CityFibre given permission to connect a million additional premises

CityFibre van

Fibre firm CityFibre has been granted wayleave permissions to hook up over a million homes owned by local authorities and housing associations.

Wayleave agreements grant installers with permission to physically connect a property to the network, and the release says this move means tenants will be able to upgrade their broadband without permission from their landlord.

Organisations such as Places for People, Thirteen Group, and Sheffield City Council have given CityFibre such permissions to hook up over a million premises, and it’s being pitched as a move to address the ‘digital divide’.

“World class digital infrastructure is no longer a luxury, it is now an essential utility that everyone needs to have access to,” said Sanjay Sudra, Head of Wayleave Field Services at CityFibre. “From managing household services and accessing employment, to staying in touch with friends and family, rock solid home broadband has never been more important.

“Working closely with forward thinking housing associations and local authorities, CityFibre is helping to ensure more people have fair and easy access to quality services, whether they own or rent their home. As we celebrate this landmark achievement, we appreciate there is more work to be done to help as many people as possible access to this next generation of connectivity.”

Helen Ivison, Utility Infrastructure Manager from Places for People added: “Having recently carried out digital inclusion research with the Cambridge Centre for Housing and Planning Research, we understand in detail the challenges that the cost of living has had on people’s ability to remain online. We heard that access to the internet is a lifeline. In a modern society, few can avoid using it and we rely on it for so many day-to-day tasks, even if it’s not everyone’s preferred way to communicate.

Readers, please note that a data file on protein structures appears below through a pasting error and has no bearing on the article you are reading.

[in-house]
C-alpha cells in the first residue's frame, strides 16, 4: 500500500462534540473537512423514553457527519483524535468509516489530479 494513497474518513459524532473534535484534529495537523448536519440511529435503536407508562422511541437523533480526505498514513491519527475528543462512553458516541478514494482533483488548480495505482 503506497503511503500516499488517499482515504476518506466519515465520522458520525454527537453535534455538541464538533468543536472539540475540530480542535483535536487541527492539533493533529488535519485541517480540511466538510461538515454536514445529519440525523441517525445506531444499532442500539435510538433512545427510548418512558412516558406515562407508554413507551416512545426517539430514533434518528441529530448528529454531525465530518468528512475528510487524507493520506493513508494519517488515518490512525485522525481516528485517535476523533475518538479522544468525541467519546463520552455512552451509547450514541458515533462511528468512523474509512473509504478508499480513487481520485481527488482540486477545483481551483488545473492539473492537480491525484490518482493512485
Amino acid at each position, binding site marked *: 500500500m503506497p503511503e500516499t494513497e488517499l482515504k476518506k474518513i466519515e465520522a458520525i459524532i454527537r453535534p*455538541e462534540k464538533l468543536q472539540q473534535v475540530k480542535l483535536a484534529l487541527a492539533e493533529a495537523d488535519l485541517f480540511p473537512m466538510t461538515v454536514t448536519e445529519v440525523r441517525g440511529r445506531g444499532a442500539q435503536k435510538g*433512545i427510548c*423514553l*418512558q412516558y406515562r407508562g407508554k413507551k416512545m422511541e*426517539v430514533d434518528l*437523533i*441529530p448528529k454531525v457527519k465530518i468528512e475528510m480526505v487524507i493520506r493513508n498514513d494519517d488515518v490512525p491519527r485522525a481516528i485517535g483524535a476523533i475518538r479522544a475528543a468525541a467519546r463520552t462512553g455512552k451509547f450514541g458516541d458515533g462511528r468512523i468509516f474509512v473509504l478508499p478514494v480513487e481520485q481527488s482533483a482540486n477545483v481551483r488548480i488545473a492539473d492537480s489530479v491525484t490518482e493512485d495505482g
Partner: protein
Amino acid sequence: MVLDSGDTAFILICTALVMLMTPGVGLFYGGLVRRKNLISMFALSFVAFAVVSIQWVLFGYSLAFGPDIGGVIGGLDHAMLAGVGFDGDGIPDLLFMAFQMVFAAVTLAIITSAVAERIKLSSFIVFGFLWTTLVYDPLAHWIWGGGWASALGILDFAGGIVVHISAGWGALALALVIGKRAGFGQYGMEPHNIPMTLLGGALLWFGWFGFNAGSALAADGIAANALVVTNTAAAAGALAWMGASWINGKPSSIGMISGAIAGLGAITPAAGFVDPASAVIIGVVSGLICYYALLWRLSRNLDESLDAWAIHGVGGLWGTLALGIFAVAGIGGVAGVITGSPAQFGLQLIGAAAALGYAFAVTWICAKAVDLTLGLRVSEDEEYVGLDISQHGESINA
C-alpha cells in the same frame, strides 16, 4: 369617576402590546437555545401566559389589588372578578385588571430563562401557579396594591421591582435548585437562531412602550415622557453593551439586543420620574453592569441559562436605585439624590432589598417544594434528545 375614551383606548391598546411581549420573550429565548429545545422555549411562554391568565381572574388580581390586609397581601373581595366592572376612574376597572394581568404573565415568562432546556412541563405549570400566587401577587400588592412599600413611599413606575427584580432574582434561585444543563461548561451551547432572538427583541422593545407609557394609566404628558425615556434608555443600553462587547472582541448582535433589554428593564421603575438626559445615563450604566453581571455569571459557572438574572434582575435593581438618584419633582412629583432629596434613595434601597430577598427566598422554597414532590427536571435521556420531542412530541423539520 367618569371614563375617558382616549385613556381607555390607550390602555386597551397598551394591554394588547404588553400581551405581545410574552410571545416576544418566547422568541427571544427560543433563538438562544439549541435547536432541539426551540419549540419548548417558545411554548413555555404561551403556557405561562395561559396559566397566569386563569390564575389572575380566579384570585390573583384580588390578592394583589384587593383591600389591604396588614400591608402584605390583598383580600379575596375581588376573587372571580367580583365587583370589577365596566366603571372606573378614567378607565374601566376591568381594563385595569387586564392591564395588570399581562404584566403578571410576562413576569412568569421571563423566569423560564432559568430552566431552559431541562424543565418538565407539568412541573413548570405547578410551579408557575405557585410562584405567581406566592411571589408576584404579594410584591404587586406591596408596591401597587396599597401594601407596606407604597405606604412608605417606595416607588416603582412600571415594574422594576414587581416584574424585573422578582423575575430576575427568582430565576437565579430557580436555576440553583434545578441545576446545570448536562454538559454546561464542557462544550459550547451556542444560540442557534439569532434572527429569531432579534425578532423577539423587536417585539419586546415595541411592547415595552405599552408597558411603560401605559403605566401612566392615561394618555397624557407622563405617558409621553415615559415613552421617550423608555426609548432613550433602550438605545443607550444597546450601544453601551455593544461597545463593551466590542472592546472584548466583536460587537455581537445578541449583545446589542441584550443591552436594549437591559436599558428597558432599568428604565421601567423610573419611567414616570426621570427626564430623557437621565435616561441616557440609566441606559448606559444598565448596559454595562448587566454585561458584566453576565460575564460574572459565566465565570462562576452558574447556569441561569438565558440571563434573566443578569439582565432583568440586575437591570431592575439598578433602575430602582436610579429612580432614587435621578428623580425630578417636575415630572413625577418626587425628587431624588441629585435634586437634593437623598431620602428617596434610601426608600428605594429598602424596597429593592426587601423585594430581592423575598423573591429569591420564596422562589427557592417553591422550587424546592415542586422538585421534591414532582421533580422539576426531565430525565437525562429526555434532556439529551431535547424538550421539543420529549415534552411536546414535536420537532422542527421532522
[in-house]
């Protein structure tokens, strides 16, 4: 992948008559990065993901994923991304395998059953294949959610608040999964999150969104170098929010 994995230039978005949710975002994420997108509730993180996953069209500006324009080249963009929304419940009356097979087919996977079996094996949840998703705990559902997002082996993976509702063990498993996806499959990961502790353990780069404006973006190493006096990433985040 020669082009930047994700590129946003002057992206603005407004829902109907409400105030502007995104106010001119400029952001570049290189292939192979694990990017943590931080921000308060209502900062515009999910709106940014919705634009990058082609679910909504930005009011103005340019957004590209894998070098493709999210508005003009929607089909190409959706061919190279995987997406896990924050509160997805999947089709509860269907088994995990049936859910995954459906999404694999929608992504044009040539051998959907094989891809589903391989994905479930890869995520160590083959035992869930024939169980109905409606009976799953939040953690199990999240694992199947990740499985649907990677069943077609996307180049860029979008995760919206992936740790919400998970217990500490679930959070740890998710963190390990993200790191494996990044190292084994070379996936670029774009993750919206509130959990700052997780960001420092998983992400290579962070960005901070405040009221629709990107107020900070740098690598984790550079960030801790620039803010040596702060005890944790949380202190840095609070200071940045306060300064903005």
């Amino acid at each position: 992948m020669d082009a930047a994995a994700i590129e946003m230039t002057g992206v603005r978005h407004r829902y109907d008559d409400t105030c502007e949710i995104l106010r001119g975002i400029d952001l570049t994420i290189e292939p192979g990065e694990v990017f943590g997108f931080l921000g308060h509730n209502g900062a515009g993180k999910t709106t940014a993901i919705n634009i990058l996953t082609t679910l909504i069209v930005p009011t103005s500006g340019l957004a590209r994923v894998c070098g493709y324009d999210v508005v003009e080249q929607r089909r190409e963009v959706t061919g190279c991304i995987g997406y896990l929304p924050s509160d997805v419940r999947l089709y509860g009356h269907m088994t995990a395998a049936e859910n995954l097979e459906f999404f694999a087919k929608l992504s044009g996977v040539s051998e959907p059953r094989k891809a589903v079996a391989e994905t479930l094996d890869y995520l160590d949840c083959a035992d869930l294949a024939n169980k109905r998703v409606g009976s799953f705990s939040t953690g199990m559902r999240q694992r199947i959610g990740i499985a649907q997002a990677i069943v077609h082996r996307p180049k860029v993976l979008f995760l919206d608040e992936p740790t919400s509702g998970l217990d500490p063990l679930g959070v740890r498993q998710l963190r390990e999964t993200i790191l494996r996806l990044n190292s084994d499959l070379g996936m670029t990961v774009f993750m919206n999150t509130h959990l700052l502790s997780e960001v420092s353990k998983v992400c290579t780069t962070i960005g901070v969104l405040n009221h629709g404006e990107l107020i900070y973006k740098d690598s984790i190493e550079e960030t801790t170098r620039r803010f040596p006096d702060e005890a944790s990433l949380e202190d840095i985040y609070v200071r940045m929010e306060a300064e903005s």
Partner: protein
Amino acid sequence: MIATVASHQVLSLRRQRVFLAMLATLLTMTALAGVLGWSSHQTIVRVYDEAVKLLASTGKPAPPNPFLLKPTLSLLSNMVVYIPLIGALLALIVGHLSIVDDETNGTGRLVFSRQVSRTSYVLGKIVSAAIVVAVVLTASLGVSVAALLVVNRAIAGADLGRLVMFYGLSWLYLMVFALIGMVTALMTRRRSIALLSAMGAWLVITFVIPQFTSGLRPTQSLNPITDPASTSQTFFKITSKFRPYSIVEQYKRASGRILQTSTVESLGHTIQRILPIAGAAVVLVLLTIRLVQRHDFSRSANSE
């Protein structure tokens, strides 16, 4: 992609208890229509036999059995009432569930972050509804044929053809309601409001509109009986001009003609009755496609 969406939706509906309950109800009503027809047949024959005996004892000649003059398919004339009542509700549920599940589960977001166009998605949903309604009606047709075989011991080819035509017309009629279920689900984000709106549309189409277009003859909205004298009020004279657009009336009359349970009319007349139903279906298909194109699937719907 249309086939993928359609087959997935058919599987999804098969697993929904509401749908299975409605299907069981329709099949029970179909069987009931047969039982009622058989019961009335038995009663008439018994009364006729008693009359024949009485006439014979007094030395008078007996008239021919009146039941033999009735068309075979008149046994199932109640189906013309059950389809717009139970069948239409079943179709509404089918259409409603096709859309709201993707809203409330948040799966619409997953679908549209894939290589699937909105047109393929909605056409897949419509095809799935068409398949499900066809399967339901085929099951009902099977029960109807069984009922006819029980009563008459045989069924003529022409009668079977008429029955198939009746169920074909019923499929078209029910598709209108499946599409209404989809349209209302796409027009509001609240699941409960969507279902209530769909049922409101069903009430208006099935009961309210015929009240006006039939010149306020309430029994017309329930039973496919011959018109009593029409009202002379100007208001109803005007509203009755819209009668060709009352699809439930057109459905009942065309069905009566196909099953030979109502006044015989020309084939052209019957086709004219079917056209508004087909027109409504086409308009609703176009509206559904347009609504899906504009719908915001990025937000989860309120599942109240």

“We know that fourteen million people in the UK have low digital capability and closing the digital divide won’t be easy. But through partnerships and long-term commitments, like the one we have with CityFibre, we can help to close this gap and support our customers to thrive in our communities.”

An argument can certainly be made that removing whatever red-tape barriers there could be to someone taking out a full fibre contract could help with the issues associated with the digital divide – meaning a proportion of the population that has limited or no access to the internet. However it’s also a win for CityFibre to be able to expand its network by a decent size via one agreement, and perhaps it will be on the lookout for more such collaborations in the future.

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